That move from the countryside concentrated risk factors for lethal violence—inequality, unemployed young men, dislocated families, poor government services, easily available firearms—even as it also brought together the factors needed for economic growth. As other developing economies catch up with Latin America’s level of urbanisation, understanding the process’s links to criminality, and which forms of policing best sever them, is of international concern.12

Crawling through Crime Data

To understand the fears and basic security needs of ordinary people in the developing world, we need to work harder to understand crime in these communities. The International Crime Victimization Study (ICVS), supported by the United Nations Interregional Criminal Justice Research Institute, was a series of city-level standardized surveys administered in 2000 and conducted in Central and Eastern Europe, Africa, Latin America, and Asia. Over fifty-three thousand respondents were asked face-to-face in their native language about their experiences with crimes such as motor vehicle theft, assault, sexual assault, and robbery; their satisfaction with police; perceptions of safety in the community; reasons for reporting or not reporting crimes; and social, economic, and demographic information.13 The benefit of this survey was to capture crimes that would otherwise be missing from government records due to under- and unreported crimes, poor police recordkeeping, police or judicial corruption, shame, fear, or guilt. While the ICVS is not perfect, criminologist Irshad Altheimer states that the survey is “currently the most far-reaching and reliable source of comparable crime victimization data in different nations.”14

What can surveys tell us about instability across the globe? The 2000 ICVS city data includes whether an individual was robbed in the past year and whether he or she was assaulted, and it provides an index of all violent crimes he or she experienced (to include robbery and sexual assault). The survey asked the number of times a person experienced motorcycle theft or other thefts. While theft may not appear at first to impact security, motorcycles are an important means of commerce and transportation in congested megacities and developing nations. The theft of a bike, tuk-tuk (auto rickshaw), or scooter would be a significant event for someone who depended on it for financial support. The ICVS asked how long someone lived in his or her community (an indicator of transience), how often he or she went out at night to a restaurant, club, or pub—an indicator of sociability—whether the person experienced consumer fraud, how helpful the person thought the police were (confidence in community policing), how well the person thought that members of the local community looked after one another (e.g., a social safety net), and how safe at home at night the person felt.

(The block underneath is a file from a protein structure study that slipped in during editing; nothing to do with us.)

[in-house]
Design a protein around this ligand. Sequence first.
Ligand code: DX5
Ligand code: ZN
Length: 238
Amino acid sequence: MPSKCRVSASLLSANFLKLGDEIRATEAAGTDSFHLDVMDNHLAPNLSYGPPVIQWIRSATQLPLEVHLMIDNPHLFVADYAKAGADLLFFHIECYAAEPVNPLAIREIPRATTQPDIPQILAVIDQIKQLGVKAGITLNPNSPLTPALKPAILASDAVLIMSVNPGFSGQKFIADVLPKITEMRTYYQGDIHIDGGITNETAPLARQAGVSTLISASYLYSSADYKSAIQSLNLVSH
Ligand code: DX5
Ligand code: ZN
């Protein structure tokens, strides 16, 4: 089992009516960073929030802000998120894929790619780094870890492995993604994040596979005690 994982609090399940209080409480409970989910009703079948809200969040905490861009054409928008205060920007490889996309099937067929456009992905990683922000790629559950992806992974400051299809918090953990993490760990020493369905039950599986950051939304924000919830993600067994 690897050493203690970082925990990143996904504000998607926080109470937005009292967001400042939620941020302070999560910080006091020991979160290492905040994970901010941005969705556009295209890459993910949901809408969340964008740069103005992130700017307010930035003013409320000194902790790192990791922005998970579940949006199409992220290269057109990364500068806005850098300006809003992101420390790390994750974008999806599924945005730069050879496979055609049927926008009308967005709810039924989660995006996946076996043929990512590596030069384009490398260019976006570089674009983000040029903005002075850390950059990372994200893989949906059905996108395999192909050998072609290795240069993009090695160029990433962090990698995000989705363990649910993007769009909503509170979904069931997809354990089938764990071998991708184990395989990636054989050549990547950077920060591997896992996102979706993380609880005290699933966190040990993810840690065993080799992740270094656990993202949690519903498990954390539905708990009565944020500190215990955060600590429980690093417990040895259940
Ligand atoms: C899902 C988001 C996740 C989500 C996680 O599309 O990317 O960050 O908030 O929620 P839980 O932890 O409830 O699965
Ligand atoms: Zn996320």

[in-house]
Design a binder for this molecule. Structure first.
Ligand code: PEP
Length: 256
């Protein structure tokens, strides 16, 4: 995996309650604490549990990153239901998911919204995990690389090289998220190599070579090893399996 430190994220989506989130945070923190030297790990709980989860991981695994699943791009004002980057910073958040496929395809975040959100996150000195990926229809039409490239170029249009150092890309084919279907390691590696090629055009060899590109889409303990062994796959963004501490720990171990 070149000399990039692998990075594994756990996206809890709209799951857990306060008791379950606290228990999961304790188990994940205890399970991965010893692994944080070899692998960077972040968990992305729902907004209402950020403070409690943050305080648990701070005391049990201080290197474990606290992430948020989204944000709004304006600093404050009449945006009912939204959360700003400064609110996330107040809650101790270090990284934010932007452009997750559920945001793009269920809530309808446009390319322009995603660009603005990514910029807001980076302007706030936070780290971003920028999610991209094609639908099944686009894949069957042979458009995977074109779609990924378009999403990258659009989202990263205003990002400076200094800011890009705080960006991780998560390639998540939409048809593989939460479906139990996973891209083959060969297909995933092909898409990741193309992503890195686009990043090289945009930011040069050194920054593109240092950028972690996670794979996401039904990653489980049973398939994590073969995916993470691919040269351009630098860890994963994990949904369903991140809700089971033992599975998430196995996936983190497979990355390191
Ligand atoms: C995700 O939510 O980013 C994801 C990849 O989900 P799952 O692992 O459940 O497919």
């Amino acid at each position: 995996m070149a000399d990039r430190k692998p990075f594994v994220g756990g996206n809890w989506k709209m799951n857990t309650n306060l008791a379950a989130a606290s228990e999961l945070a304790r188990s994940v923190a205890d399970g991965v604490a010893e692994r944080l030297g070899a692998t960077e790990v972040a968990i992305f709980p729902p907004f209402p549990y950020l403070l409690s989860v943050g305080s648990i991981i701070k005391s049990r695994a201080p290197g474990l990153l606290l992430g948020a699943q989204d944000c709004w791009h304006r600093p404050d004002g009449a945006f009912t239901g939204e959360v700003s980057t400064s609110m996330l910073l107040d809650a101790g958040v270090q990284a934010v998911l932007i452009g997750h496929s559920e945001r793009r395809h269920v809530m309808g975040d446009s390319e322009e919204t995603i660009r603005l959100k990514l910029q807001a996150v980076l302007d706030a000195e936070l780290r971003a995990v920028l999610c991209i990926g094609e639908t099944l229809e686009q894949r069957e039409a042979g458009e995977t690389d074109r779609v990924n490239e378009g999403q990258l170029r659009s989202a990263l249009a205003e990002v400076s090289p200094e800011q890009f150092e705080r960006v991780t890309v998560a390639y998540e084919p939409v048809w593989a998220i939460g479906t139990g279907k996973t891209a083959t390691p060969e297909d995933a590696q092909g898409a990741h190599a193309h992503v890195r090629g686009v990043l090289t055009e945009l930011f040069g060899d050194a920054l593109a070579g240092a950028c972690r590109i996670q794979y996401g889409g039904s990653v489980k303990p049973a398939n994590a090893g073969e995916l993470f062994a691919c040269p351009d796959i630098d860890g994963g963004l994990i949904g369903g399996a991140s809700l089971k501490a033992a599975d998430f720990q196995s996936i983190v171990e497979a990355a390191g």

In order to better understand life in the developing world, I leveraged a statistical software package to analyze all these answers across fifty-three thousand people to see which cluster together in unique factors. Four major factors emerged and are depicted in figure 1.

Factor 1, “Crimes against Persons,” calls to mind the criminal threats, drug dealers, and petty criminals of Kilcullen’s research. The respondents’ personal experiences of victimization are highly related to this factor and include robbery, assault, and violent crimes. Factor 2, “Stability and Resilience,” shows strong relationships between survey answers about having a “social safety net,” “feeling safe at home at night,” “confidence in community policing,” and low “consumer fraud.” Factor 3, “Mobility and Sociability,” suggests the young, vibrant urban life in developing cities. Respondents with high scores on this factor also report high levels of “transience,” “sociability,” and “feeling safe at home at night.” Interestingly, reports of “feeling safe at home at night” are significant to both the Stability and Resilience factor and the Mobility and Sociability factor. This survey question, therefore, shows promise as a powerful predictor of the safety of a community. Factor 4, “Crimes against Property,” is significantly related to reports of total property crimes and motorcycle theft.

Overall, these four factors are intriguing. Different types of crimes cluster together in factor 1—representing crime and instability—but these bad experiences appear largely unrelated and separate from the other feelings and perceptions of safety and security. Additionally, Crimes against Persons (i.e., violent crimes) are not strongly related to Crimes against Property, such as petty crimes/theft. The Mobility and Sociability factor encapsulates many of the characteristics we expect to see in one living in a dense urban area, and yet these people often report high confidence in being “safe at home at night”—which is not the conventional wisdom for developing nations. The Stability and Resilience factor depicts a cluster of different variables measuring the relationship between the citizen and society, such as expressing confidence or lack of confidence in the economy, community, and police. This factor is especially intriguing because it not only demonstrates a relationship between feeling safe and trusting other members of the community, but it also offers specific actionable solutions: improving policing and reducing fraud.